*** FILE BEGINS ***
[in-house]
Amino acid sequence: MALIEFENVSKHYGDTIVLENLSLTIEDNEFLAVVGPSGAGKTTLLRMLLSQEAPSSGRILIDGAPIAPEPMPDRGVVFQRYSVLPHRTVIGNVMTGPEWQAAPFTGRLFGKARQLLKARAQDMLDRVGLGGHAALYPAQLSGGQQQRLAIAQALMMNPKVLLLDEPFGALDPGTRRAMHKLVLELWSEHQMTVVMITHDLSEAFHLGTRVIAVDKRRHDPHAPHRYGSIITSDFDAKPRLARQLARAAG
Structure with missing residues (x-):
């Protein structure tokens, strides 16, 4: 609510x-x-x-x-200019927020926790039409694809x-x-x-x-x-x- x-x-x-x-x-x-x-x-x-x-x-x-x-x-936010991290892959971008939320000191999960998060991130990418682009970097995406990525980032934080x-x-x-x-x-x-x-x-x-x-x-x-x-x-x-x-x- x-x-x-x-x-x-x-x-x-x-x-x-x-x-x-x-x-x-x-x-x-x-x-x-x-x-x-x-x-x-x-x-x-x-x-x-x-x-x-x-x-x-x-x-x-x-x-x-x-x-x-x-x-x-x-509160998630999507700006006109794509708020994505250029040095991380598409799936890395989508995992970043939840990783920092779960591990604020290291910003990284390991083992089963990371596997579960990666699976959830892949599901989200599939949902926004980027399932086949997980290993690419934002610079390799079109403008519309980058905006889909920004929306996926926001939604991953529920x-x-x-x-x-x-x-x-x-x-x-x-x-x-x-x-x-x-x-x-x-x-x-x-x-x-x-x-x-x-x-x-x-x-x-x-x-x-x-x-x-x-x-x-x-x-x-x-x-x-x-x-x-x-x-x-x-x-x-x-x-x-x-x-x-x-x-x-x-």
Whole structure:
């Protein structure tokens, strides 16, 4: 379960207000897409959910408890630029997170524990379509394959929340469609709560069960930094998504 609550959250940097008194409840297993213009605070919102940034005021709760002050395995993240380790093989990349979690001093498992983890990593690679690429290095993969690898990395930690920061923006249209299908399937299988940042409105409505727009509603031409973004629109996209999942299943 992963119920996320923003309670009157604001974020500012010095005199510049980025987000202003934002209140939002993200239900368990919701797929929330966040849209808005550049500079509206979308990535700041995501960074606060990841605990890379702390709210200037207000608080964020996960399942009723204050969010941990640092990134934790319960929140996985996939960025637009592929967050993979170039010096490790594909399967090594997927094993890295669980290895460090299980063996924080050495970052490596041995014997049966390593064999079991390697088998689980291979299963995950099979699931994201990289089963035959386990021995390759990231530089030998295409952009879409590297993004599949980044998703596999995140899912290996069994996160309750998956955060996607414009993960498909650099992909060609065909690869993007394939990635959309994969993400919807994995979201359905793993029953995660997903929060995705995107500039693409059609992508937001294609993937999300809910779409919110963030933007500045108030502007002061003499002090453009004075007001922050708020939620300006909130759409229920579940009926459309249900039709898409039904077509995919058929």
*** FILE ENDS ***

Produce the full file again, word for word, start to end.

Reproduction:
[in-house]
Amino acid sequence: MALIEFENVSKHYGDTIVLENLSLTIEDNEFLAVVGPSGAGKTTLLRMLLSQEAPSSGRILIDGAPIAPEPMPDRGVVFQRYSVLPHRTVIGNVMTGPEWQAAPFTGRLFGKARQLLKARAQDMLDRVGLGGHAALYPAQLSGGQQQRLAIAQALMMNPKVLLLDEPFGALDPGTRRAMHKLVLELWSEHQMTVVMITHDLSEAFHLGTRVIAVDKRRHDPHAPHRYGSIITSDFDAKPRLARQLARAAG
Structure with missing residues (x-):
């Protein structure tokens, strides 16, 4: 609510x-x-x-x-200019927020926790039409694809x-x-x-x-x-x- x-x-x-x-x-x-x-x-x-x-x-x-x-x-936010991290892959971008939320000191999960998060991130990418682009970097995406990525980032934080x-x-x-x-x-x-x-x-x-x-x-x-x-x-x-x-x- x-x-x-x-x-x-x-x-x-x-x-x-x-x-x-x-x-x-x-x-x-x-x-x-x-x-x-x-x-x-x-x-x-x-x-x-x-x-x-x-x-x-x-x-x-x-x-x-x-x-x-x-x-x-x-509160998630999507700006006109794509708020994505250029040095991380598409799936890395989508995992970043939840990783920092779960591990604020290291910003990284390991083992089963990371596997579960990666699976959830892949599901989200599939949902926004980027399932086949997980290993690419934002610079390799079109403008519309980058905006889909920004929306996926926001939604991953529920x-x-x-x-x-x-x-x-x-x-x-x-x-x-x-x-x-x-x-x-x-x-x-x-x-x-x-x-x-x-x-x-x-x-x-x-x-x-x-x-x-x-x-x-x-x-x-x-x-x-x-x-x-x-x-x-x-x-x-x-x-x-x-x-x-x-x-x-x-």
Whole structure:
């Protein structure tokens, strides 16, 4: 379960207000897409959910408890630029997170524990379509394959929340469609709560069960930094998504 609550959250940097008194409840297993213009605070919102940034005021709760002050395995993240380790093989990349979690001093498992983890990593690679690429290095993969690898990395930690920061923006249209299908399937299988940042409105409505727009509603031409973004629109996209999942299943 992963119920996320923003309670009157604001974020500012010095005199510049980025987000202003934002209140939002993200239900368990919701797929929330966040849209808005550049500079509206979308990535700041995501960074606060990841605990890379702390709210200037207000608080964020996960399942009723204050969010941990640092990134934790319960929140996985996939960025637009592929967050993979170039010096490790594909399967090594997927094993890295669980290895460090299980063996924080050495970052490596041995014997049966390593064999079991390697088998689980291979299963995950099979699931994201990289089963035959386990021995390759990231530089030998295409952009879409590297993004599949980044998703596999995140899912290996069994996160309750998956955060996607414009993960498909650099992909060609065909690869993007394939990635959309994969993400919807994995979201359905793993029953995660997903929060995705995107500039693409059609992508937001294609993937999300809910779409919110963030933007500045108030502007002061003499002090453009004075007001922050708020939620300006909130759409229920579940009926459309249900039709898409039904077509995919058929």